Interstate 88 in New York’s Catskill Mountains on a foggy evening
This is Part 11 of my Bermuda trip report series. In my last report, I reported on lunch at the fabulous Lobster Shanty in Salem, Massachusetts, which in turn was part of my report on a half day we spent in Salem. We finished up in Salem a little before 3, and it was time to hit the road for the long drive back to Texas. In hindsight, it would have been better to just spend the entire day in Salem and leave the next morning, but I really wanted to drive the historic National Road in its entirety, and we needed the head start as it would take quite a bit of extra time. I will be making our trip down the National Road a post by itself; this post will cover getting there from Salem to Cumberland, Maryland, the beginning point of the road.
For a trip report index and a primer on our entire trip, refer to the Bermuda trip report introduction and index.
Friday, May 23, 2014
Departure: Salem, Massachusetts; Scheduled: 3:00p; Actual: 2:41p
Arrival: Appalachin, New York; Scheduled: 8:31p; Actual: 9:37p
Distance: 357.9 miles; 2216.4 miles cumulative (includes 16.2 miles from Boston to Salem)
Map of Route:
I’d heard many a horror story about Boston traffic, and this being the Friday before Memorial Day had me feeling especially uneasy. We’d made it a point to get out of Dodge no later than 3:00, no matter what it took. I was feeling really good when we hit the road a full 19 minutes early. That good feeling didn’t even last half an hour, as Boston traffic lived up to its sullied reputation. Not even a mile after we eased onto I-95 – wreck, with a traffic back-up, albeit a minor one. Whew, not so bad. Smooth sailing almost until we reach our exit for Highway 3, and then – another accident. Major back-up this time that had us moving 1/2 mile in 15 minutes, and another 10 minutes to get past a traffic light as we hit the back roads. Things finally open up, and I think we’re home free as we start heading west on I-495, but then – yet ANOTHER wreck, traffic backed up real bad yet again. Back roads again, and yet another traffic light that took 4 cycles to get through. Finally, after we got back on the freeway a couple of miles down the road, it opened up for good, though we had lost nearly an hour off our schedule by this point.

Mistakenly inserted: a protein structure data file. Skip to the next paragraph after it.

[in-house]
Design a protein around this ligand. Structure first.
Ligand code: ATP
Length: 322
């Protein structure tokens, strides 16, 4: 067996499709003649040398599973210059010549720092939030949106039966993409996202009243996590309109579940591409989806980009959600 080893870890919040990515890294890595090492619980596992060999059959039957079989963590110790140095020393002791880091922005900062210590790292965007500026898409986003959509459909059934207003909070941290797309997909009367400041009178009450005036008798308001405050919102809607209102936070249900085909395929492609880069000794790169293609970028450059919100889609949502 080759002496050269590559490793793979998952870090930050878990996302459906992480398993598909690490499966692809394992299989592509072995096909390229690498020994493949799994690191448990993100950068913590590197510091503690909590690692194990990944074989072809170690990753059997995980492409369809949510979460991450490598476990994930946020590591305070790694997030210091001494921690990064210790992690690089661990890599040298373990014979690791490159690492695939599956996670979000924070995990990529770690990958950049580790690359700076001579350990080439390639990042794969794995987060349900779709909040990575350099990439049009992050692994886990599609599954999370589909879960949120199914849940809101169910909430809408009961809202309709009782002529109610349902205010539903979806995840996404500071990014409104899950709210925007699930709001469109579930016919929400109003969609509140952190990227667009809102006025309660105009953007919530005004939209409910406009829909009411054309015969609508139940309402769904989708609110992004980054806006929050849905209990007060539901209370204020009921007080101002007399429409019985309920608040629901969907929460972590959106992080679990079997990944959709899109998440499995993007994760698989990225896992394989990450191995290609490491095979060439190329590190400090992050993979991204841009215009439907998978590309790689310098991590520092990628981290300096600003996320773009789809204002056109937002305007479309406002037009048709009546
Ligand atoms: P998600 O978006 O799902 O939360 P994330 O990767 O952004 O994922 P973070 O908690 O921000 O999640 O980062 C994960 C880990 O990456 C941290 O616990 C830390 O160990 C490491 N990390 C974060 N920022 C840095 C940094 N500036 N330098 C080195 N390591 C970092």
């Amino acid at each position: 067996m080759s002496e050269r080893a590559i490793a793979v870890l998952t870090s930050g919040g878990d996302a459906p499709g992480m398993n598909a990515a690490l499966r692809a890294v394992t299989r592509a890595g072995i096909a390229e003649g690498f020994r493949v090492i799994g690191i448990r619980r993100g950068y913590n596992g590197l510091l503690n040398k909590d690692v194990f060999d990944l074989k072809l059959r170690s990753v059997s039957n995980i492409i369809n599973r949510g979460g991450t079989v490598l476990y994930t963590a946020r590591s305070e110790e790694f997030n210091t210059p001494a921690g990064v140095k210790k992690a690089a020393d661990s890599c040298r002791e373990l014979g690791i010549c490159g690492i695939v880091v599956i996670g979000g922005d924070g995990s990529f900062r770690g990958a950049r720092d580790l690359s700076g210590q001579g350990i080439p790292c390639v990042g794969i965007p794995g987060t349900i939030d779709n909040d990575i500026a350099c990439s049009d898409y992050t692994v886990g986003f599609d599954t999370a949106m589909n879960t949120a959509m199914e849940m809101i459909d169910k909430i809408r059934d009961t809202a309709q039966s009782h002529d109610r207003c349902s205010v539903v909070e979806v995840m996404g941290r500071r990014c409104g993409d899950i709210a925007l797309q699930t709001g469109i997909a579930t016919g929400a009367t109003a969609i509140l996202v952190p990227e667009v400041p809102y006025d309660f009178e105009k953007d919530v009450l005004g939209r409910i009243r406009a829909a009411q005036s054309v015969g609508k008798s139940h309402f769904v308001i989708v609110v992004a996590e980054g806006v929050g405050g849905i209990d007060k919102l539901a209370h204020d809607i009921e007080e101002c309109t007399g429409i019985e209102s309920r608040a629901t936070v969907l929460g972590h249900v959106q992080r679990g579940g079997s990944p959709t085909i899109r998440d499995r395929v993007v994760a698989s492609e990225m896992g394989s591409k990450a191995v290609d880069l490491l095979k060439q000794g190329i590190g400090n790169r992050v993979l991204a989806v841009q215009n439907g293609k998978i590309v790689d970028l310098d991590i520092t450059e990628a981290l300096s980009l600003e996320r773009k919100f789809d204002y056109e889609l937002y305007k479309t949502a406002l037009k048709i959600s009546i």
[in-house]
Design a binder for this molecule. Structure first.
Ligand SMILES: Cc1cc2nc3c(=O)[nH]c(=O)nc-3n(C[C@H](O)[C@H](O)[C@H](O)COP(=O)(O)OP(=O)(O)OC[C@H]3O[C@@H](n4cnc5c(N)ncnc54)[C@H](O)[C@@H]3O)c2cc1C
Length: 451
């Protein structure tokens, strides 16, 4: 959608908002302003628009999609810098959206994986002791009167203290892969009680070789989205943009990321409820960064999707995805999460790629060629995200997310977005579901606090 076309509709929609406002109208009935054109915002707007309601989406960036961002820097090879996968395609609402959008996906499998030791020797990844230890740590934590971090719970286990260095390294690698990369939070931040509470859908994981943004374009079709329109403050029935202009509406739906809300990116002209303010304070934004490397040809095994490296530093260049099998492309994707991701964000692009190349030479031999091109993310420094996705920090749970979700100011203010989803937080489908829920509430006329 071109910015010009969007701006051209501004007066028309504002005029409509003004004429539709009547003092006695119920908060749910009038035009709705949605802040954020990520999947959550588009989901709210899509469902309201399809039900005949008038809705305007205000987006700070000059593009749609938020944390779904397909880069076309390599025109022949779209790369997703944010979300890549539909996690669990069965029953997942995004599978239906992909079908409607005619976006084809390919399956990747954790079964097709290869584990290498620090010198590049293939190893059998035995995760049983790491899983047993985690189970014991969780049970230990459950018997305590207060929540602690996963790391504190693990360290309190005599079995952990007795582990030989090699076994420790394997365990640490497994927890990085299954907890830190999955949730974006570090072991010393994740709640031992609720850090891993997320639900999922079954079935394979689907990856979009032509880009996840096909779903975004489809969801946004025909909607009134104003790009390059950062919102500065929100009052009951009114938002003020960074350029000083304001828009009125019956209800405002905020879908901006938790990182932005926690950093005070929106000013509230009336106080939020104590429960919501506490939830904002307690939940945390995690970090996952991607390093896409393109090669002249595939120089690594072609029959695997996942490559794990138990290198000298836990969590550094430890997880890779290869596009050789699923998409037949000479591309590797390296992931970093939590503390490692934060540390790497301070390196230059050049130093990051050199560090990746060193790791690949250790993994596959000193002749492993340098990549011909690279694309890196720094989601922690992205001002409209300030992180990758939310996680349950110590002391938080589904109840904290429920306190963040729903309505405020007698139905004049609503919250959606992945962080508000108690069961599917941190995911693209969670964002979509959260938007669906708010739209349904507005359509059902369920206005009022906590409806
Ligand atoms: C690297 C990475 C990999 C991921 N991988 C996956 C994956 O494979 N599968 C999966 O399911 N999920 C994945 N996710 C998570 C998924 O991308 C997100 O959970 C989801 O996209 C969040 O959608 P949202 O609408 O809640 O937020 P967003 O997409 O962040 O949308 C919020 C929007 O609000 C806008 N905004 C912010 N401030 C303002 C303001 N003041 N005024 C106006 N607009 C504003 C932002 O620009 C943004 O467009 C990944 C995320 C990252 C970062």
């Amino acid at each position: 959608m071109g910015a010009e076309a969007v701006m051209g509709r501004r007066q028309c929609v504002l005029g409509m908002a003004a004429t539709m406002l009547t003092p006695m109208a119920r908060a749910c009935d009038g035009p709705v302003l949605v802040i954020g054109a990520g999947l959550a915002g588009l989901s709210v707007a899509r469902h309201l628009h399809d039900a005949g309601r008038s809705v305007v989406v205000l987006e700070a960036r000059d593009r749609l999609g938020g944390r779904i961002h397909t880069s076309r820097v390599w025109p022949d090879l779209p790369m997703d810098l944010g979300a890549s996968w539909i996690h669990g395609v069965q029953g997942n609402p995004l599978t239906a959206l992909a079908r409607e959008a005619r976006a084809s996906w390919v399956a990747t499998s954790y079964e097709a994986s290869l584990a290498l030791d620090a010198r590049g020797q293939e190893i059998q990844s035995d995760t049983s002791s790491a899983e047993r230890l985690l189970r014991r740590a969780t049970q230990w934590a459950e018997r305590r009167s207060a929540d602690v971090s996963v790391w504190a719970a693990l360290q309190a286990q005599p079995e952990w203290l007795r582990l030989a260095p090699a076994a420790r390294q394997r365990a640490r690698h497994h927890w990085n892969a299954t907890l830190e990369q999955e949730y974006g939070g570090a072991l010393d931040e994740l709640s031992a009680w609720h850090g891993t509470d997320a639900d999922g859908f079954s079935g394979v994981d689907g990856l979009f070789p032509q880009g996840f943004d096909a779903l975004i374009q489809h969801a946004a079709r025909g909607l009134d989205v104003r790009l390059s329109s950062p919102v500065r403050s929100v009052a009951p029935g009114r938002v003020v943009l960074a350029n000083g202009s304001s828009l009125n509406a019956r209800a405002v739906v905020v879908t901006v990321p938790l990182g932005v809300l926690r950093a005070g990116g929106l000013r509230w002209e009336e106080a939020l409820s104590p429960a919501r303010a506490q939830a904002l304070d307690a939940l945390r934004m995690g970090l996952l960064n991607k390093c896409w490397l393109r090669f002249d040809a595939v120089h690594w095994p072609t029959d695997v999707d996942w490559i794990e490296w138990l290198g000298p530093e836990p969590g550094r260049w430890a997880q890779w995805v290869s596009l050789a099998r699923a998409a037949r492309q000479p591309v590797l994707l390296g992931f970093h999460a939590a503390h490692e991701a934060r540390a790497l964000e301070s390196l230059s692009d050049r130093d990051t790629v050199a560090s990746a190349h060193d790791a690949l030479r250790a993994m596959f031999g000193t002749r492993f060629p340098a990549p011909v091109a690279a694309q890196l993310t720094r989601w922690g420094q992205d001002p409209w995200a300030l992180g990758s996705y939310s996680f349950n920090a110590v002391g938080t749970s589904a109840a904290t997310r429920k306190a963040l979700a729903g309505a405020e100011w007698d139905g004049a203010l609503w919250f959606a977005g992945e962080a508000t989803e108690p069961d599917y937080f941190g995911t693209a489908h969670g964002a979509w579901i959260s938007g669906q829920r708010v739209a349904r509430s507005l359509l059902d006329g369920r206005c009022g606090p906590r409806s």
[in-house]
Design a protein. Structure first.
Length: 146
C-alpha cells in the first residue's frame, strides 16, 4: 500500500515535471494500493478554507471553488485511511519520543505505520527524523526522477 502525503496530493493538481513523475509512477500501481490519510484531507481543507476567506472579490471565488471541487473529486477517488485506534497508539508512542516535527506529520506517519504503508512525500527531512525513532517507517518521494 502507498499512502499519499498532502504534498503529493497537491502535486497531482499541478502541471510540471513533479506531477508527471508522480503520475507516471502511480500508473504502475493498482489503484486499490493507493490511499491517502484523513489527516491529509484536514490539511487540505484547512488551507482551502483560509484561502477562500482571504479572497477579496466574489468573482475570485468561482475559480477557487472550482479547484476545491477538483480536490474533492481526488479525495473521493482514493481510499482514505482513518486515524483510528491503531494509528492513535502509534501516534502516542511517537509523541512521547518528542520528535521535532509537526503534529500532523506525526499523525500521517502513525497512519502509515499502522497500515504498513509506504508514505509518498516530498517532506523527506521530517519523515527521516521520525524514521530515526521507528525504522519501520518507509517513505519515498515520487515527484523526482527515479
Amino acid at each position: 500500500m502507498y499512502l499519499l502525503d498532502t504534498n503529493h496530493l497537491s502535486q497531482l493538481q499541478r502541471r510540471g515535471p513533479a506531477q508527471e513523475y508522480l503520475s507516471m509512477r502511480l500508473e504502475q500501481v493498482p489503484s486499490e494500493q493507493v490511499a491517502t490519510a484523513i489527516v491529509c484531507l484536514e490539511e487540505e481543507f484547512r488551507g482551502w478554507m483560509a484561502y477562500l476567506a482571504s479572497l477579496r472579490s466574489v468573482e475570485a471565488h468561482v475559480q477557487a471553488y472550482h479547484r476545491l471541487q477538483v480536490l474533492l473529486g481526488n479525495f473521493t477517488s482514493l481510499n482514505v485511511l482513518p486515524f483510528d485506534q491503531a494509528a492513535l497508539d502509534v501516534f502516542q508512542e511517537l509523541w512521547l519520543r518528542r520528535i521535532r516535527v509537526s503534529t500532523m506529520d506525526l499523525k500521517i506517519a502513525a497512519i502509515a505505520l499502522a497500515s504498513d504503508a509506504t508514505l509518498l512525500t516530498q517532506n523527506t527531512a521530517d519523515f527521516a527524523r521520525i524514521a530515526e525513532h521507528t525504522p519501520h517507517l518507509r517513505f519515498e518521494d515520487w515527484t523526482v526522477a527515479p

To add insult to injury, the rain that followed us to Boston on the way up had reappeared, ranging from a light drizzle to major downpours as we made our way through the Berkshires on the Mass Turnpike. The scenery was still great, though, as we passed through the crest of the Appalachians (according to a signboard, at an elevation of slightly over 1,800 feet, or the highest point westbound travelers would encounter until Oacoma, South Dakota, more than 1,500 miles away).
Threatening skies west of Springfield, MA
Berkshire Mountains approaching Lee, MA
The Berkshires approaching New York state line